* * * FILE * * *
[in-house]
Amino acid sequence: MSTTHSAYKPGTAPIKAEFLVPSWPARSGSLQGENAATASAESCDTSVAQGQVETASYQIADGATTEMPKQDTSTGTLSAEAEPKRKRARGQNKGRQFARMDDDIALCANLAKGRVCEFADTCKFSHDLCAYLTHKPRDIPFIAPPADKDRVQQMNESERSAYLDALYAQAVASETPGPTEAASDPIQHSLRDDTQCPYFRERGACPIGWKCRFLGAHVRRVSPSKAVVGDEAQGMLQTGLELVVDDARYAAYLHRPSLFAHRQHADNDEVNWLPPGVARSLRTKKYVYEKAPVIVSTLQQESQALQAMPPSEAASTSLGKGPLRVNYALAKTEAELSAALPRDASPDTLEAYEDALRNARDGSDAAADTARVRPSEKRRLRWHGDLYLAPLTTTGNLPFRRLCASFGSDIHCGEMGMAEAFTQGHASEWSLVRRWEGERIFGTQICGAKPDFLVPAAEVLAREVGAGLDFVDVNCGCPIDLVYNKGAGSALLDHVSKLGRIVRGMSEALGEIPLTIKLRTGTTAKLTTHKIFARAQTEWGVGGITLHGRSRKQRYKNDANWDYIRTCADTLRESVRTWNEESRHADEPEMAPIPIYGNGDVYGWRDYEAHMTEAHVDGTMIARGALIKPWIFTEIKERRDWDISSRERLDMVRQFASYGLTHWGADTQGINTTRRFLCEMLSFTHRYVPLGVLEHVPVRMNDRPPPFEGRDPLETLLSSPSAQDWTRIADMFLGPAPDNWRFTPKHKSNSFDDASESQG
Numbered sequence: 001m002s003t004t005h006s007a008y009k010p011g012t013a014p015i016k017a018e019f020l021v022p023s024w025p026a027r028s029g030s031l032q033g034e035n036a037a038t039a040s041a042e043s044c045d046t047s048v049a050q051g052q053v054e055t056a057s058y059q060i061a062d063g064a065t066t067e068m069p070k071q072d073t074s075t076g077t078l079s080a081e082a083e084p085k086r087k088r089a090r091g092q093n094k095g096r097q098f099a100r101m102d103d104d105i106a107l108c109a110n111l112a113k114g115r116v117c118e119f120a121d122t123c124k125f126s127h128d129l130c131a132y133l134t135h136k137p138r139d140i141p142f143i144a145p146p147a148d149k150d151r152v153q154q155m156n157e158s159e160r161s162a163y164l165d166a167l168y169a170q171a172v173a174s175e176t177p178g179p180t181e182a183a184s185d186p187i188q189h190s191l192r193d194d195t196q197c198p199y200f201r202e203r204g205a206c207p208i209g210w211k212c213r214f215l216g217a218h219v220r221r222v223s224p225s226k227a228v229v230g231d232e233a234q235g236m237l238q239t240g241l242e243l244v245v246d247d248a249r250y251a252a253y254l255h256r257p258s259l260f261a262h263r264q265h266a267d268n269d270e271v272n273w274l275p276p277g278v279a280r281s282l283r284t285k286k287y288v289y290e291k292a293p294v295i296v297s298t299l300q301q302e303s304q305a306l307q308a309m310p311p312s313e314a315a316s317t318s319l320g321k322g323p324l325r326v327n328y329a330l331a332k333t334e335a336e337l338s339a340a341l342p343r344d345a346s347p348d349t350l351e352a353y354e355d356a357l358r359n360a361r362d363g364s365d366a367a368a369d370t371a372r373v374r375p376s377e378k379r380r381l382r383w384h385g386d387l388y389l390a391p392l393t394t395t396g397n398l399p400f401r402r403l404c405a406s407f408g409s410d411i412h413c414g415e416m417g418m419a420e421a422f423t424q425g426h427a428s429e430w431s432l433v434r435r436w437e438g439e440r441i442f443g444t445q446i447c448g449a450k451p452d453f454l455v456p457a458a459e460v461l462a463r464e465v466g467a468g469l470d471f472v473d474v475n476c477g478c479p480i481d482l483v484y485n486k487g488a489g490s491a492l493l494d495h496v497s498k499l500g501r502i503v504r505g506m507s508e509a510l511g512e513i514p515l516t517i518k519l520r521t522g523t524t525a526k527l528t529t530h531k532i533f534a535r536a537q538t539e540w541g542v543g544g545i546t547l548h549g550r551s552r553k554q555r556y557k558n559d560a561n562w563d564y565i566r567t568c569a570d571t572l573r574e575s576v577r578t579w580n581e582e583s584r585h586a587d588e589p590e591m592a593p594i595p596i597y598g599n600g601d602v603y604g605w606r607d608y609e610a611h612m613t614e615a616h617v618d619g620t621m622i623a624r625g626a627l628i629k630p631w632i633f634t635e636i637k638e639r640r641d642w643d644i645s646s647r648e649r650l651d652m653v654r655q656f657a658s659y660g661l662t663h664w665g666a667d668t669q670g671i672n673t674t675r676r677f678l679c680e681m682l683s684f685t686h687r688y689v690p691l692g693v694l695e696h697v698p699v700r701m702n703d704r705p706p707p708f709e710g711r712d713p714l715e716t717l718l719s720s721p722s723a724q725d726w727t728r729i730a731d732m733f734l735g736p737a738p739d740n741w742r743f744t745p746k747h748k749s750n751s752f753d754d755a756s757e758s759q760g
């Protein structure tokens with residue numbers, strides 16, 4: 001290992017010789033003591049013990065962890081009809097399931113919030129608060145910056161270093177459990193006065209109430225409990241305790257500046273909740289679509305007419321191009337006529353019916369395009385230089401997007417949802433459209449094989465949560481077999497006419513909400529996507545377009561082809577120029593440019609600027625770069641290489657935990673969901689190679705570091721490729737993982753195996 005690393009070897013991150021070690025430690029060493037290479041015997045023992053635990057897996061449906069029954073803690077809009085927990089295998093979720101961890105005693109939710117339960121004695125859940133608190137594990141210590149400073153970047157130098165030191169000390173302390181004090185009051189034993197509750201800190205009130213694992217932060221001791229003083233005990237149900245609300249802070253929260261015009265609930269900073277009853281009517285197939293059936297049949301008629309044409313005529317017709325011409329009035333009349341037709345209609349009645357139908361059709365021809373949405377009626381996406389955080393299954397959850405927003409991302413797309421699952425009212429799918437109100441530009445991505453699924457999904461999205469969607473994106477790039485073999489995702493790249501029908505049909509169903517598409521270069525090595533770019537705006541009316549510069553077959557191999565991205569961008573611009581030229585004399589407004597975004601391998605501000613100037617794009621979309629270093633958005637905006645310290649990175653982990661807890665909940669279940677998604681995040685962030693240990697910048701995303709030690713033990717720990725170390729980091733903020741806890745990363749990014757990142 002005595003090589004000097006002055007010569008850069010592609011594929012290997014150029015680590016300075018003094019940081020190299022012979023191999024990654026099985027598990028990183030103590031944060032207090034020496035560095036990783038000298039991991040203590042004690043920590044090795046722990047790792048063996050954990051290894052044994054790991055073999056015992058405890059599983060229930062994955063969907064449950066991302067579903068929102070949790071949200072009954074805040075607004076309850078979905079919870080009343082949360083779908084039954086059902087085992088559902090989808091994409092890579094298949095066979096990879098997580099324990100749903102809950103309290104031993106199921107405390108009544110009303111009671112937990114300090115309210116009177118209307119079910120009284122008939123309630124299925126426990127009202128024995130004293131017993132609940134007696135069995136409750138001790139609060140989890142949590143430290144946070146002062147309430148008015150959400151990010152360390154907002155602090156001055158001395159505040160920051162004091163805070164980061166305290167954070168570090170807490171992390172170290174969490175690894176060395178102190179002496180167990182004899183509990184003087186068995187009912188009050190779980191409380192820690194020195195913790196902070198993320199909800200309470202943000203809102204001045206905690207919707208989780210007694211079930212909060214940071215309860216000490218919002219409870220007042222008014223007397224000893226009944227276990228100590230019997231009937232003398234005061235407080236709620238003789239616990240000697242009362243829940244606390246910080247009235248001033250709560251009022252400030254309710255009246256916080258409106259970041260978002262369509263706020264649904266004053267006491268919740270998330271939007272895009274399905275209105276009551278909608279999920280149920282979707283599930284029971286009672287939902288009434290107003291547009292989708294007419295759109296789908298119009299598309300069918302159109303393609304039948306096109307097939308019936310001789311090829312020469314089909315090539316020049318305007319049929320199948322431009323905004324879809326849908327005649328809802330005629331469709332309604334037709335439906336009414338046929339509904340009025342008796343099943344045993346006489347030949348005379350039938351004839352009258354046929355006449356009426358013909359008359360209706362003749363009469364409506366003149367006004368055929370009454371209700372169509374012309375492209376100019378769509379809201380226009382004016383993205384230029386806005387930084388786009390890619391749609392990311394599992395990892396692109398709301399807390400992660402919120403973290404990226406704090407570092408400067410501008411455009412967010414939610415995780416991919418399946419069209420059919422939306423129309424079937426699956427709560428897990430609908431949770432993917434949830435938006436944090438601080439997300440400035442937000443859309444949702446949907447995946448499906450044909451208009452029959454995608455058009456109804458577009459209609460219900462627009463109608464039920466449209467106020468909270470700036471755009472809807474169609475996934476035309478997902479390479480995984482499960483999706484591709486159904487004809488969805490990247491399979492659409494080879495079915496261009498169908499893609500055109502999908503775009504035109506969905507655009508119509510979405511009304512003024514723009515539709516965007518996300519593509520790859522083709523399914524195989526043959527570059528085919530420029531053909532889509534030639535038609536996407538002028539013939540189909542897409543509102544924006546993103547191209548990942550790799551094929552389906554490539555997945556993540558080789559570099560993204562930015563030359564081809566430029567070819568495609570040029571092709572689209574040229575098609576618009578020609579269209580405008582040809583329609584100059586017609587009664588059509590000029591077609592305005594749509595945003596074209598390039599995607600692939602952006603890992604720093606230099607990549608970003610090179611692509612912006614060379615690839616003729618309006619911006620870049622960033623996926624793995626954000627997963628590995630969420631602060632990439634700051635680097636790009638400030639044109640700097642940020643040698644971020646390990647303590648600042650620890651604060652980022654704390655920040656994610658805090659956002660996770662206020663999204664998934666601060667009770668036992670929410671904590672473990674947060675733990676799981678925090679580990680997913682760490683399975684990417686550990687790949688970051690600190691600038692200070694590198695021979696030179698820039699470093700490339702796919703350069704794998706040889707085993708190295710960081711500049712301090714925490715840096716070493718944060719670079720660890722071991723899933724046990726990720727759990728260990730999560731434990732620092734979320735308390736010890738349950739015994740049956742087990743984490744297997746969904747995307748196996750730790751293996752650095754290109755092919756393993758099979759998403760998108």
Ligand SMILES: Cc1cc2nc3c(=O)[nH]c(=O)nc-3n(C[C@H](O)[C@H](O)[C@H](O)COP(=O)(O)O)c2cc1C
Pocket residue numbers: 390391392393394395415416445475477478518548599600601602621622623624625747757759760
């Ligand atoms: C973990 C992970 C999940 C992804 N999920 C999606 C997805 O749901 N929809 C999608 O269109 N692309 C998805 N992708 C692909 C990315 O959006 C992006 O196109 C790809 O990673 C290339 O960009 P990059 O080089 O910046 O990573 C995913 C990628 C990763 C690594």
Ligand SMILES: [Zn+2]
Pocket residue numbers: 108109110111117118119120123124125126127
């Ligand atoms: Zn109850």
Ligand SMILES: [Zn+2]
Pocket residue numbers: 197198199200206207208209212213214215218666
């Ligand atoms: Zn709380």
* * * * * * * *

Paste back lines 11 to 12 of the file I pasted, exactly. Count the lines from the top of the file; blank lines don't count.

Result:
Ligand SMILES: [Zn+2]
Pocket residue numbers: 197198199200206207208209212213214215218666